FOR IMMEDIATE RELEASE
February 25, 2020
(Santa Fe, New Mexico) – The Museum of Indian Arts and Culture (MIAC) is pleased to announce the opening of the 2020 Native Treasures Living Treasure exhibition, featuring artwork by this year’s honoree, Kathleen Wall (Jemez Pueblo).
The exhibition, A Place in Clay, seamlessly moves between clay sculptures and acrylic paintings, in which Wall engages with and explores her high desert surroundings. Finding inspiration in both her family’s artistic practices and the environment of Jemez Pueblo, Wall ask questions surrounding food sovereignty, language, and connection to place.
"I have always considered Pueblo pottery to be an essential ingredient in my life," said Wall. "Over the last thirty years, I have begun my creative process with the same actions as my mother, my grandmother, and my great grandmother before her. I dig clay and volcanic ash in the same places that my mother showed me as a young girl. I have created most of my clay figures using traditionally processed clay from here in Jemez Pueblo…where I began."
Curated by Lillia McEnaney, the exhibition features several pieces created specifically for the exhibition, providing visitors a new look into Wall’s ever-evolving artistic practice.
Public Opening: April 5, 2020, 1–4 p.m. Artist and Curator Discussion from 3–4 p.m.
Location: MIAC, 710 Camino Lejo, Santa Fe, NM 87505 – Diker Gallery.
On Display: April 5, 2020–March 7, 2021.
About the Museum of Indian Arts and Culture:
The Museum of Indian Arts and Culture is a division of the Department of Cultural Affairs, under the leadership of the Board of Regents for the Museum of New Mexico. Programs and exhibits are generously supported by the Museum of New Mexico Foundation, through the generous support of donors.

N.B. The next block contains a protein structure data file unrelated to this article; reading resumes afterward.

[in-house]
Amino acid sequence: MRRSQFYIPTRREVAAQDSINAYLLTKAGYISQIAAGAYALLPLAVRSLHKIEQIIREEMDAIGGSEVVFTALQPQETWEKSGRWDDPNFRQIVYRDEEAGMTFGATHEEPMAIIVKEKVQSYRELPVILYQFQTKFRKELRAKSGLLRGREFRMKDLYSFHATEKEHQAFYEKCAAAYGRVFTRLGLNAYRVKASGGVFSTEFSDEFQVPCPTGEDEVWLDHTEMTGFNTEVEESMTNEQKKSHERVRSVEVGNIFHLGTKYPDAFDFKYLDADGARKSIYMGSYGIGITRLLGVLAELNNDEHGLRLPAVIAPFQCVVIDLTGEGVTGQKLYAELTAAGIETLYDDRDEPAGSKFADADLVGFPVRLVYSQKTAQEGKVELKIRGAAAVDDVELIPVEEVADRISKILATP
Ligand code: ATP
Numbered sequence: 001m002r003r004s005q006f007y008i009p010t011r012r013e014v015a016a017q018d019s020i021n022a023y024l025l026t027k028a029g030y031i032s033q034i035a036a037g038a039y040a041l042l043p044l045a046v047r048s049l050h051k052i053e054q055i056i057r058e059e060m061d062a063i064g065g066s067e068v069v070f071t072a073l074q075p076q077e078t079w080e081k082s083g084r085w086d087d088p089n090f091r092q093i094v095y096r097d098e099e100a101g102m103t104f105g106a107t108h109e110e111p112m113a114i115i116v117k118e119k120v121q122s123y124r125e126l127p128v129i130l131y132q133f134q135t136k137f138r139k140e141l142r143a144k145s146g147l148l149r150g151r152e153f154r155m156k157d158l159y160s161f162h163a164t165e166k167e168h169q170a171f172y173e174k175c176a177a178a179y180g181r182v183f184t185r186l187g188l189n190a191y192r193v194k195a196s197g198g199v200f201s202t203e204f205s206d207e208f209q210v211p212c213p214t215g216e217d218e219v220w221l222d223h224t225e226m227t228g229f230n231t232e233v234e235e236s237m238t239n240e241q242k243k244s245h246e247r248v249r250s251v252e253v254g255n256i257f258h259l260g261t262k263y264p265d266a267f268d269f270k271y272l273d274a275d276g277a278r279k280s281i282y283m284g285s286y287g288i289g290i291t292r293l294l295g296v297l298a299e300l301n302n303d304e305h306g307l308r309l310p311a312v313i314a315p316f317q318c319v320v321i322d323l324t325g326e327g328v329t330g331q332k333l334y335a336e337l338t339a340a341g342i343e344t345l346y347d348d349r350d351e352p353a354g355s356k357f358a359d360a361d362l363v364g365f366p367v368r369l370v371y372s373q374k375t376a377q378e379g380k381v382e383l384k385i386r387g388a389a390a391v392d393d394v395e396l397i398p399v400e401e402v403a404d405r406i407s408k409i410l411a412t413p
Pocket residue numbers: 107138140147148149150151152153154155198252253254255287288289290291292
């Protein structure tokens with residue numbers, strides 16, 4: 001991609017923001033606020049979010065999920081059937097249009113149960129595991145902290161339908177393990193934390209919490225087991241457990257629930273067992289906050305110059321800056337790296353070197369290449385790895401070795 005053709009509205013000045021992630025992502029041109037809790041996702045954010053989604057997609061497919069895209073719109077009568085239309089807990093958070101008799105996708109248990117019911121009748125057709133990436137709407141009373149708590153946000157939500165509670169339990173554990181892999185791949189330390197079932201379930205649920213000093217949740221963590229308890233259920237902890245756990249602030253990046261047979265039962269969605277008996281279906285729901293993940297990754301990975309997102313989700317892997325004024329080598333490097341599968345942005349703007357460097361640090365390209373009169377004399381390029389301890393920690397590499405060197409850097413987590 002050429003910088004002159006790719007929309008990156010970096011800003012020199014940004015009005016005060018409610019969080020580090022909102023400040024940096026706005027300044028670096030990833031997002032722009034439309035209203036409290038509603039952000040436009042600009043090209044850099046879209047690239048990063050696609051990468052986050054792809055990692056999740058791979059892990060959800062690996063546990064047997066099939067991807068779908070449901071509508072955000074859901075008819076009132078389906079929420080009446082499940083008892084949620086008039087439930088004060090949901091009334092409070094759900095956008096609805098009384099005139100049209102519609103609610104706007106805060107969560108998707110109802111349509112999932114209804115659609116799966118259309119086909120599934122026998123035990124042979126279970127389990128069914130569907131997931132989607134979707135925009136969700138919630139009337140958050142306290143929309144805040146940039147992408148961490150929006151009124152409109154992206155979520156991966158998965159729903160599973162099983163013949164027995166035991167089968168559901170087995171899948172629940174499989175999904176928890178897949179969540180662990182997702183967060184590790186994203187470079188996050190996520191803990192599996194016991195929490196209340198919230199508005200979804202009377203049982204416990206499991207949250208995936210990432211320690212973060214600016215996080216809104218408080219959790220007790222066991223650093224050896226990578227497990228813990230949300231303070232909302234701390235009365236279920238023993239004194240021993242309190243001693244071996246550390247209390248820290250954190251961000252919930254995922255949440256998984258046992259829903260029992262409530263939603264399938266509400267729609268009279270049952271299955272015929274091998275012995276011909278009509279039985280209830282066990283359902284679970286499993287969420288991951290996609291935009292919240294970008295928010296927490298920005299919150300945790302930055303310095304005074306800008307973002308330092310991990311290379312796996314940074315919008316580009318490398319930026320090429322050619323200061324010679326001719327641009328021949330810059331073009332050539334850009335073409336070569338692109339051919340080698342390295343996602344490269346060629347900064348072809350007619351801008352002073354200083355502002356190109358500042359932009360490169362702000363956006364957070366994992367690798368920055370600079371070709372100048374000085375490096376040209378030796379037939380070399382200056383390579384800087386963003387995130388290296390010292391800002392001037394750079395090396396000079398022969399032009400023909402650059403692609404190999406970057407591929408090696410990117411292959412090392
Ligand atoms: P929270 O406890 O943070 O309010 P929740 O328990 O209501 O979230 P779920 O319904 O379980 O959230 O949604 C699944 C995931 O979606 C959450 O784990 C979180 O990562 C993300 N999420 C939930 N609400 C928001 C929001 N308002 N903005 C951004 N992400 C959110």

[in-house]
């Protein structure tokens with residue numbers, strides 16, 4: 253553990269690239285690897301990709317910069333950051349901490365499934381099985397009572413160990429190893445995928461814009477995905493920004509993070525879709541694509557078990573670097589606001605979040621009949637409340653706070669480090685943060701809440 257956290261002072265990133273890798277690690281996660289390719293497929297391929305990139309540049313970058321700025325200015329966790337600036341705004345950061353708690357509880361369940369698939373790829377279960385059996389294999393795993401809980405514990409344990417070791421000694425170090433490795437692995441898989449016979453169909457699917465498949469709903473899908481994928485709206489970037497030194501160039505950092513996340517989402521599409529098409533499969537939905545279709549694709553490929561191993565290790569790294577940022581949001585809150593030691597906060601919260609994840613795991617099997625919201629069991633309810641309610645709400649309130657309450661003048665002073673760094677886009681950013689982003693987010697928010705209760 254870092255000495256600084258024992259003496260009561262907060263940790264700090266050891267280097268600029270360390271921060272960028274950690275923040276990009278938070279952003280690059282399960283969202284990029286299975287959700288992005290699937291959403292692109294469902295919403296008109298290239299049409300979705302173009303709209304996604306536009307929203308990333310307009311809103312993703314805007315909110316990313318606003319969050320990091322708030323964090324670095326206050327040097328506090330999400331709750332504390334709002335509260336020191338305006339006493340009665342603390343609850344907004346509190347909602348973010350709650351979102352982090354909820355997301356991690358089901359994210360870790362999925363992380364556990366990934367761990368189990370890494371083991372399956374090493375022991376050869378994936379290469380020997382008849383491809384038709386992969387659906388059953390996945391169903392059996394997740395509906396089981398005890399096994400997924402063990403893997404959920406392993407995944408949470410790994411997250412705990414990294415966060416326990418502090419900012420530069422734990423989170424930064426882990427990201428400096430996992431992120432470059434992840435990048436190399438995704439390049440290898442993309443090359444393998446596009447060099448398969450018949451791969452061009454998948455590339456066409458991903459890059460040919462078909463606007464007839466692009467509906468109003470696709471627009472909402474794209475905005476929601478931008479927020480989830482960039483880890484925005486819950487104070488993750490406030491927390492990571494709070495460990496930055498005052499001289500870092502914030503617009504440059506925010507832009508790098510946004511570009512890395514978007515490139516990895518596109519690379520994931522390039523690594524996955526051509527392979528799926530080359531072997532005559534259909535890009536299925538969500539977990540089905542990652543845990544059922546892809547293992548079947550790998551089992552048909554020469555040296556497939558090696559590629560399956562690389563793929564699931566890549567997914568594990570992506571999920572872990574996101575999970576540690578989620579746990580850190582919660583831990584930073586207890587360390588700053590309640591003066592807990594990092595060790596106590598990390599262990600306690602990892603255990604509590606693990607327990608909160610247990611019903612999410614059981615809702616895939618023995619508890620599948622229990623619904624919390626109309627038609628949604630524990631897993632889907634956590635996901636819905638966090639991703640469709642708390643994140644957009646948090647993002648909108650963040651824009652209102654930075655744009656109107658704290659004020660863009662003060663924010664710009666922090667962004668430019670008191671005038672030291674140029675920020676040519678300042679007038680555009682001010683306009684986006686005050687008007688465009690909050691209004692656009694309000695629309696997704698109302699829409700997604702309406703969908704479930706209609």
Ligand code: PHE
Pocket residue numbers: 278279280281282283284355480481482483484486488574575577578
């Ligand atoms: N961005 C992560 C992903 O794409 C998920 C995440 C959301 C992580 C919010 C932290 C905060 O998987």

As the 19th century closed, one of the Southwest’s major "attractions" was its vibrant Native American cultures. In response to unsystematic collecting by Eastern museums, anthropologist Edgar Lee Hewett founded the Museum of New Mexico in 1909 with a mission to collect and preserve Southwest Native American material culture. Several years later, in 1927, John D. Rockefeller founded the renowned Laboratory of Anthropology with a mission to study the Southwest’s indigenous cultures. In 1947 the two institutions merged, bringing together the most inclusive and systematically acquired collection of New Mexican and Southwestern anthropological artifacts in the country.
710 Camino Lejo off Old Santa Fe Trail, Santa Fe, NM 87504, Phone: (505) 476-1269.Hours: 10 a.m. to 5 p.m. daily, May through October; closed Mondays November through April, closed Easter Sunday, Thanksgiving, Christmas, and New Year’s. Events, news releases, and images about activities at the Museum of Indian Arts and Culture and other in divisions of the Department of Cultural Affairs can be accessed at media.newmexicoculture.org.